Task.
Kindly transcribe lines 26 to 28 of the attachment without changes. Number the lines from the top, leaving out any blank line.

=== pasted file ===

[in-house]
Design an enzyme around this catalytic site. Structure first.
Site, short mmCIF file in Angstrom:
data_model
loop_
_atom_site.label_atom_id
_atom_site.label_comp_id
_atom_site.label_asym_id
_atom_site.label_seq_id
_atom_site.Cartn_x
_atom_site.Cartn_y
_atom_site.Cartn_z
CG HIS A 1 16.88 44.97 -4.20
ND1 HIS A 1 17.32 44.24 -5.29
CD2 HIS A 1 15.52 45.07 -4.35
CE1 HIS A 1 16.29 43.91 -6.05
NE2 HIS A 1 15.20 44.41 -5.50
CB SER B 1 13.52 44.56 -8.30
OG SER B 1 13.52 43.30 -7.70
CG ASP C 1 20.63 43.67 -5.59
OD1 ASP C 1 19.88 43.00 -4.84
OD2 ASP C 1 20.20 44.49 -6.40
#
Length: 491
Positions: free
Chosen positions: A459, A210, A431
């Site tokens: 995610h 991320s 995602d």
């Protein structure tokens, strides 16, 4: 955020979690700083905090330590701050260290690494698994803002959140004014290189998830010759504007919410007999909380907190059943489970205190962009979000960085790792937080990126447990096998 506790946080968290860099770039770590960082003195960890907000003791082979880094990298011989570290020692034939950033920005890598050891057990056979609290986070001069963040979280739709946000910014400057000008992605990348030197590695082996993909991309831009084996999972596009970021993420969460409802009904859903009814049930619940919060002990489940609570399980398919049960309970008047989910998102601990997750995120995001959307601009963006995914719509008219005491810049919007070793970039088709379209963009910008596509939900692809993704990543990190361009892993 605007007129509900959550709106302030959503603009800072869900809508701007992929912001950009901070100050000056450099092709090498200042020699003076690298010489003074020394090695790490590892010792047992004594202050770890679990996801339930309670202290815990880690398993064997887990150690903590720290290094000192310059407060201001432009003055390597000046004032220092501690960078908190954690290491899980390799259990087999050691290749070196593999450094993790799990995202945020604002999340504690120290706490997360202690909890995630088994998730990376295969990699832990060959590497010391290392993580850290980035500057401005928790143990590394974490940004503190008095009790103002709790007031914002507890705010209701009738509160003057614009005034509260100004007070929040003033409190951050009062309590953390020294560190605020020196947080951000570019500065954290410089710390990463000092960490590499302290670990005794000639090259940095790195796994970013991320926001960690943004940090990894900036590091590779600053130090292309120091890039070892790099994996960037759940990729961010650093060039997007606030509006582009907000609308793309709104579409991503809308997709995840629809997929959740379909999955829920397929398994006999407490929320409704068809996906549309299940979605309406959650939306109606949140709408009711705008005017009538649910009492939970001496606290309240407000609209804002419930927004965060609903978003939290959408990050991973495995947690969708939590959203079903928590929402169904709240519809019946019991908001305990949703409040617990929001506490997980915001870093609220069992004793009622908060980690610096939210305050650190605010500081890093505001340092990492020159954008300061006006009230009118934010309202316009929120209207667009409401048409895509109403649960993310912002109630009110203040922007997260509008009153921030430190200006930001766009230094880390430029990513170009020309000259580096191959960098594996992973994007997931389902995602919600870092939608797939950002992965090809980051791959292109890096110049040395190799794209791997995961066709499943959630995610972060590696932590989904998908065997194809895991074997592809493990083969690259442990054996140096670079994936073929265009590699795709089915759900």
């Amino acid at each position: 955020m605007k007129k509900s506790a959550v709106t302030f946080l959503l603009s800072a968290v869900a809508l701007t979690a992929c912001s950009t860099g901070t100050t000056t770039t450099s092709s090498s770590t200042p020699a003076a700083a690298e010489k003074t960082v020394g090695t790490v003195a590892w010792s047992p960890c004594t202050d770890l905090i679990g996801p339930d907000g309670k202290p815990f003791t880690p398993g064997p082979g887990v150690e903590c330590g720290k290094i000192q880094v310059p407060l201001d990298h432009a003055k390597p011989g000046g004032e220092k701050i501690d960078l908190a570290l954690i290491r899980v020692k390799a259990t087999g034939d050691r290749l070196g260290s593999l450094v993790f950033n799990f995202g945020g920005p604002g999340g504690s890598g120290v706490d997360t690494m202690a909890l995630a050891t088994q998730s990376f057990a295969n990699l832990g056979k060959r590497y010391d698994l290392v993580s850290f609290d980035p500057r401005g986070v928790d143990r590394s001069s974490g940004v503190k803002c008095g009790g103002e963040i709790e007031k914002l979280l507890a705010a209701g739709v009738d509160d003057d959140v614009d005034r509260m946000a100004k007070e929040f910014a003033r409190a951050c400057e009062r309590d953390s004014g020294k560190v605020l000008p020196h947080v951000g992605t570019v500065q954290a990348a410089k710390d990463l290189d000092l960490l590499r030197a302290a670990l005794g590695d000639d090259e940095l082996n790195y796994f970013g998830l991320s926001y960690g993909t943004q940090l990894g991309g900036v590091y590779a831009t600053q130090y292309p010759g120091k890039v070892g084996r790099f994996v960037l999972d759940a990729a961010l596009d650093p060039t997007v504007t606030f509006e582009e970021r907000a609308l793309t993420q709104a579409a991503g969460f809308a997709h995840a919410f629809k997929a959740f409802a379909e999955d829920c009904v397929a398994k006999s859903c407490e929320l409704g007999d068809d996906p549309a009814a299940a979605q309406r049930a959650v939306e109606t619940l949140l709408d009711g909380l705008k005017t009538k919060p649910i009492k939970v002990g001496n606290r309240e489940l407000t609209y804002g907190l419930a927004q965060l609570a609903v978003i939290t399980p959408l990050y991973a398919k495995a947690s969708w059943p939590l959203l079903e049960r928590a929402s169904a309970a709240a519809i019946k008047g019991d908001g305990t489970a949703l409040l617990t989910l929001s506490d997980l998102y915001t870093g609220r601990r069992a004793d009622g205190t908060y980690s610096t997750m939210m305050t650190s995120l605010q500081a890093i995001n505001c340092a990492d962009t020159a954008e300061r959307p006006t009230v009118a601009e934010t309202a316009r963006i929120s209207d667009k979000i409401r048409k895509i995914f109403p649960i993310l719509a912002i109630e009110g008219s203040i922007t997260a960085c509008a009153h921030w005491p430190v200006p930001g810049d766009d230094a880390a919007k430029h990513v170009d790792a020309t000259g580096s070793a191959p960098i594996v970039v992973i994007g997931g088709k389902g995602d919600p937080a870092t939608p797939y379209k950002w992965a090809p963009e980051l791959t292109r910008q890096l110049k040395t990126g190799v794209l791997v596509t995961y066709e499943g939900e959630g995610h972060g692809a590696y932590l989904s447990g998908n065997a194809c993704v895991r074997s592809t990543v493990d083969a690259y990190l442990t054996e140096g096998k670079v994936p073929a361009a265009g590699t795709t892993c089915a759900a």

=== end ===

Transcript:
Chosen positions: A459, A210, A431
């Site tokens: 995610h 991320s 995602d």
């Protein structure tokens, strides 16, 4: 955020979690700083905090330590701050260290690494698994803002959140004014290189998830010759504007919410007999909380907190059943489970205190962009979000960085790792937080990126447990096998 506790946080968290860099770039770590960082003195960890907000003791082979880094990298011989570290020692034939950033920005890598050891057990056979609290986070001069963040979280739709946000910014400057000008992605990348030197590695082996993909991309831009084996999972596009970021993420969460409802009904859903009814049930619940919060002990489940609570399980398919049960309970008047989910998102601990997750995120995001959307601009963006995914719509008219005491810049919007070793970039088709379209963009910008596509939900692809993704990543990190361009892993 605007007129509900959550709106302030959503603009800072869900809508701007992929912001950009901070100050000056450099092709090498200042020699003076690298010489003074020394090695790490590892010792047992004594202050770890679990996801339930309670202290815990880690398993064997887990150690903590720290290094000192310059407060201001432009003055390597000046004032220092501690960078908190954690290491899980390799259990087999050691290749070196593999450094993790799990995202945020604002999340504690120290706490997360202690909890995630088994998730990376295969990699832990060959590497010391290392993580850290980035500057401005928790143990590394974490940004503190008095009790103002709790007031914002507890705010209701009738509160003057614009005034509260100004007070929040003033409190951050009062309590953390020294560190605020020196947080951000570019500065954290410089710390990463000092960490590499302290670990005794000639090259940095790195796994970013991320926001960690943004940090990894900036590091590779600053130090292309120091890039070892790099994996960037759940990729961010650093060039997007606030509006582009907000609308793309709104579409991503809308997709995840629809997929959740379909999955829920397929398994006999407490929320409704068809996906549309299940979605309406959650939306109606949140709408009711705008005017009538649910009492939970001496606290309240407000609209804002419930927004965060609903978003939290959408990050991973495995947690969708939590959203079903928590929402169904709240519809019946019991908001305990949703409040617990929001506490997980915001870093609220069992004793009622908060980690610096939210305050650190605010500081890093505001340092990492020159954008300061006006009230009118934010309202316009929120209207667009409401048409895509109403649960993310912002109630009110203040922007997260509008009153921030430190200006930001766009230094880390430029990513170009020309000259580096191959960098594996992973994007997931389902995602919600870092939608797939950002992965090809980051791959292109890096110049040395190799794209791997995961066709499943959630995610972060590696932590989904998908065997194809895991074997592809493990083969690259442990054996140096670079994936073929265009590699795709089915759900």